28. This brings me next to the issue of costs.  Mr Mitchell, appearing on behalf of the husband, described his submissions on this aspect as bold, and that was certainly a fair description.  He says that I should make an award that would cover the whole of the husband's costs, because he says that the costs have arisen as a result of the wife seeking to run a case that the marriage effectively came to an end in 2002 or 2004 and that the relationship between the parties ended there and then, when I, in fact, accepted and found that there were elements of co-dependency right up to 2016.  Mr Mitchell goes on to say, in a needs-based case, it is inevitably the payer who ends up having to pay the costs, because otherwise the needs cannot be met. 

29. I reject that description of what the case was about.  I have set out the issues which I have determined and the way that I have determined them. 

30. On any proper presentation of the case, this would have been a straightforward needs case and, even with the expense of top firms of solicitors, should not have cost each side more than £100,000.  I accept that there might have been an additional issue which would have needed to be resolved about quite what the relationship between the parties was between 2011 and 2016.  But I cannot see how this would have increased the costs by more than about another £50,000 a side.

31. In considering what I do about costs, I refer to Family Procedure Rule 28.3 and, in particular, sub-rule (7):

"In deciding what order (if any) to make under paragraph (6) [which is the rule where the court can consider, if appropriate, the conduct of a party in relation to the proceedings], the court must have regard to –

(a)  any failure by a party to comply with these rules, any order of the court or any practice direction which the court considers relevant;

(b)  any open offer to settle made by a party;

(c)  whether it was reasonable for a party to raise, pursue or contest a particular allegation or issue;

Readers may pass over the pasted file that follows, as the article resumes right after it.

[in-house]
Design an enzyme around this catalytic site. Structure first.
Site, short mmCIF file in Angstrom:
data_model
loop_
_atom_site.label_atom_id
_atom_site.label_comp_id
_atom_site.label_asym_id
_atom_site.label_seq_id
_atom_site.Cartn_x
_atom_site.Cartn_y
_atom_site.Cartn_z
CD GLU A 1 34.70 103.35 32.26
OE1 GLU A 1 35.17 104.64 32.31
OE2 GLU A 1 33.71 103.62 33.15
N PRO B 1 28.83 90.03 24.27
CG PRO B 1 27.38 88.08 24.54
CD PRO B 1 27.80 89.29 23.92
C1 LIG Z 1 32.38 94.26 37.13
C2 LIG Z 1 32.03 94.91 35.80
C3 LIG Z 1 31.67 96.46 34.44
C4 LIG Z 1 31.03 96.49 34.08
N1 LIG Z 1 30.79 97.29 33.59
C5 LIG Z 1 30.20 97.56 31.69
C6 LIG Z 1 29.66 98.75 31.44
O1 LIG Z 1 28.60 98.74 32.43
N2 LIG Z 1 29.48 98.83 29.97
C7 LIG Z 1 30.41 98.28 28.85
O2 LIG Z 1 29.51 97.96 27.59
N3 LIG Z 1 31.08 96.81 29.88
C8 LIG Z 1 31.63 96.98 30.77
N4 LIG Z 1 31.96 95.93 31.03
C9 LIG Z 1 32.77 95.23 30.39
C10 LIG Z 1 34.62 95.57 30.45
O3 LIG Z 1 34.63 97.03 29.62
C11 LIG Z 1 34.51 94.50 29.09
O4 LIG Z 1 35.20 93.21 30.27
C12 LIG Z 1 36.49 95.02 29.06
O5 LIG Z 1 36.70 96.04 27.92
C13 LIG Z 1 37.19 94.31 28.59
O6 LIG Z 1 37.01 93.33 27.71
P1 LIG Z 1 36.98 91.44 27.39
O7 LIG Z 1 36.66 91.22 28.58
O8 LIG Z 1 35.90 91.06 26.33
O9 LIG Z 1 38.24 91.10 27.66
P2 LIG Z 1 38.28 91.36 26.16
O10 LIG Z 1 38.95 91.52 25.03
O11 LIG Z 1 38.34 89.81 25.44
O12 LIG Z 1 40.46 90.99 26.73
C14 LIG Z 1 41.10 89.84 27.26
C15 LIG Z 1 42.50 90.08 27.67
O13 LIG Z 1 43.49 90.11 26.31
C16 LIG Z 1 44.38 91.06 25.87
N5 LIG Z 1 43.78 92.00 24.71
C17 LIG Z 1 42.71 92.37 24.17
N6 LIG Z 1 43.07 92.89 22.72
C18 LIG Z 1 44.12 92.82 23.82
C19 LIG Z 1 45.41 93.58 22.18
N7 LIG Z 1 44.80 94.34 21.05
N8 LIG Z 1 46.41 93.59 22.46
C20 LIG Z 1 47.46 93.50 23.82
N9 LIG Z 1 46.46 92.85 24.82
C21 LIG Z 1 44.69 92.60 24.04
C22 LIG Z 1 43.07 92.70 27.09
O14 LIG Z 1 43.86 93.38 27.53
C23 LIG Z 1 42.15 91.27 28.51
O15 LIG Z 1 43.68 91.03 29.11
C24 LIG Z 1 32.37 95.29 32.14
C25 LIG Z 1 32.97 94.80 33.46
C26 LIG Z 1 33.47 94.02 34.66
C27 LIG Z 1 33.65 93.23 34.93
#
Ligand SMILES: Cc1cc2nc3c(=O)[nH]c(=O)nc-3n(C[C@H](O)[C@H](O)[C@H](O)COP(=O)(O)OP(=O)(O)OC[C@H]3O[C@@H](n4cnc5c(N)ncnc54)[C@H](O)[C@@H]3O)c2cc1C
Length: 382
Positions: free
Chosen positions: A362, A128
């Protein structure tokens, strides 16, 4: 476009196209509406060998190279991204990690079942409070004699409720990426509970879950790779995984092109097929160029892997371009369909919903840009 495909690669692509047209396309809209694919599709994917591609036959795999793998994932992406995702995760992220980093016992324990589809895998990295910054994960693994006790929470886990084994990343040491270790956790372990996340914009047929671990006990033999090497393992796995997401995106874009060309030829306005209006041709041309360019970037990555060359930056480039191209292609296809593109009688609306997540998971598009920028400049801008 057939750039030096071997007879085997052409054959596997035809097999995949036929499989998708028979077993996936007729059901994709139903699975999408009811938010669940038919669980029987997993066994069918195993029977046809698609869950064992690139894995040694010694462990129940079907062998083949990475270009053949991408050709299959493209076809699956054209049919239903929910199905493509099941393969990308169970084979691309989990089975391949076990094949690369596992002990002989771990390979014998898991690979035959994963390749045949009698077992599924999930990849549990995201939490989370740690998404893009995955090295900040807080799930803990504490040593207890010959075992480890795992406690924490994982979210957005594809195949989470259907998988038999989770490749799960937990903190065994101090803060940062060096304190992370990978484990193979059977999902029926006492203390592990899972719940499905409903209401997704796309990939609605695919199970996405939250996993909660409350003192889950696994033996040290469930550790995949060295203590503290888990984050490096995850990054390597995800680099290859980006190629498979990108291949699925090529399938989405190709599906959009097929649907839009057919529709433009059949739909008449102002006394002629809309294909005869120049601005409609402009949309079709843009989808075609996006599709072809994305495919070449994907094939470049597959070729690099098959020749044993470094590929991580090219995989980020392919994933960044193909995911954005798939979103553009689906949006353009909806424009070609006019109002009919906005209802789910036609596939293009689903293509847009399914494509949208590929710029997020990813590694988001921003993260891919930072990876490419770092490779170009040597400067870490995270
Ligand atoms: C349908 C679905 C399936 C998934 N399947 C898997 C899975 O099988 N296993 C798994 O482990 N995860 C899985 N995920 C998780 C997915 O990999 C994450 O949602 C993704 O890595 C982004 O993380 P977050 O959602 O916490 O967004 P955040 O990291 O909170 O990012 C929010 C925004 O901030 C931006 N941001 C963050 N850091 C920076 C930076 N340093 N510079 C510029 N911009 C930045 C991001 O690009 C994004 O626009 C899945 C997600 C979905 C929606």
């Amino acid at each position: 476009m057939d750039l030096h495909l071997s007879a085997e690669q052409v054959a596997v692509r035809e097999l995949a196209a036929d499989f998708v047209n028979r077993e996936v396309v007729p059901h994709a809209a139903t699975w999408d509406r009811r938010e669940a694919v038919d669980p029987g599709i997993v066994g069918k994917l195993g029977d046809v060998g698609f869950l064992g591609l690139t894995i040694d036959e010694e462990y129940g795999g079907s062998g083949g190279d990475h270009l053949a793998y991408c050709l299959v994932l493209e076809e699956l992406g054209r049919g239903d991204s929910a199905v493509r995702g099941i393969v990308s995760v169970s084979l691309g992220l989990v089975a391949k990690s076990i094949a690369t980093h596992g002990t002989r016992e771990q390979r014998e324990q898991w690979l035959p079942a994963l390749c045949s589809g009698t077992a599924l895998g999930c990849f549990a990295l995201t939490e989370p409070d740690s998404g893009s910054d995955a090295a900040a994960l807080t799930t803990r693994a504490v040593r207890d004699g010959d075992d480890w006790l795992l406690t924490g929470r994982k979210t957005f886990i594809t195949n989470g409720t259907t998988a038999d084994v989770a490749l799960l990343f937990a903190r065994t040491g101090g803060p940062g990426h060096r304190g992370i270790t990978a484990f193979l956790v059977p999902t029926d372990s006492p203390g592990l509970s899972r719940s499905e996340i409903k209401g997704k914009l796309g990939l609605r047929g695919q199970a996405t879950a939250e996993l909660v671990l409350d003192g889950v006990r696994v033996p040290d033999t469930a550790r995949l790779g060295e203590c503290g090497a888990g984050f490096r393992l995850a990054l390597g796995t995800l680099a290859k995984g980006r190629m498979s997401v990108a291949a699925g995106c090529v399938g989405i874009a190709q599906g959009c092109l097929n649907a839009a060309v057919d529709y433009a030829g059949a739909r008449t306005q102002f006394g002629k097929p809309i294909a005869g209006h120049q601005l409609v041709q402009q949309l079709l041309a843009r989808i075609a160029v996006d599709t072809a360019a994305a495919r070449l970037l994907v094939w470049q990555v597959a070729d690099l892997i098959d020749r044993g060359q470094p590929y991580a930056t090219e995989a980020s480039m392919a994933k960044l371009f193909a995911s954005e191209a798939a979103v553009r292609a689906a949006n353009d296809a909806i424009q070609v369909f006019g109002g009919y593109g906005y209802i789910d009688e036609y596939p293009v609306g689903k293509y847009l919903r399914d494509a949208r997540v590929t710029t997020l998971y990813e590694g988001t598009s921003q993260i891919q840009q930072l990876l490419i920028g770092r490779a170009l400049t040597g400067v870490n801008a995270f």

(d)  the manner in which a party has pursued or responded to the application or a particular allegation or issue."

(e) I think is not relevant, and (f) "The financial effect on the parties of any costs order."

32. This has been amplified by the amendment to Practice Direction 28A, and it is worth quoting from the Family Procedure Rule Committee Costs Working Group, and para.5 of their paper says this:

"The FPRC is concerned that insufficient emphasis is given to encouraging parties to engage reasonably and responsibly in negotiations.  In particular, there is concern that little positive guidance was given in PD.28A to assist the parties to understand the likely costs consequences of failing to litigate sensibly and failing to engage in sensible negotiations and/or of making an open proposal which is significantly higher or lower than the award ultimately made by the court."

33. In consequence, para.4.4 of PD.28A was amended to include, with effect from 27 May 2019, new text as follows:

"The court will take a broad view of conduct for the purposes of this rule, and will generally conclude that to refuse openly to negotiate reasonably and responsibly will amount to conduct in respect of which the court will consider making an order for costs.  This includes in a 'needs' case where the applicant litigates unreasonably resulting in the costs incurred by each party becoming disproportionate to the award made by the court.  Where an order for costs is made at an interim stage the court will not usually allow any resulting liability to be reckoned as a debt in the computation of the assets."

34. It is self-evident that the payment of something in the region of £1.25m worth of costs between the parties is grossly disproportionate to what was in issue.  I find that the wife's offer was light, but I am in no doubt that, if there had been a sensible (or any) response, there would have been a quick resolution of this case.  This case has been conducted by the husband in a manner that I find to be irresponsible and unreasonable.  The wife does not seek her costs from the husband.  However, I see no reason why he should expect the wife to pay his costs unreasonably incurred. 

35. I, therefore, cap her liability to his costs at £150,000 for the reasons that I have set out.  In fact, that figure is almost identical to what his costs were when the wife made her open offer in June 2018.  Whilst I have found that the offer was not enough, I have no doubt it would have got the negotiations to open and to come to a successful conclusion.  But, of course, it was only 18 months later, just last week, that the husband made his first offer, and it was, in my judgment, massively overcooked. 

36. Whatever the husband's difficulties are, and I accept that he does have difficulties, they are not to be funded by the wife.  The wife has paid £236,000 towards the husband's costs.  Inclusive of costs of £150,000, the award that the husband receives in total will be £485,000.  I would want to hear submissions as to how that is appropriated between the charge which the husband entered into and payment of capital.  It will, of course, leave the husband in debt to his solicitors with a substantial sum owing to them.  That is a matter between him and them.  But, in my judgment, it is not for the wife to bankroll this litigation which I find to have been unreasonably conducted by the husband. 

37. That is my judgment.
___________________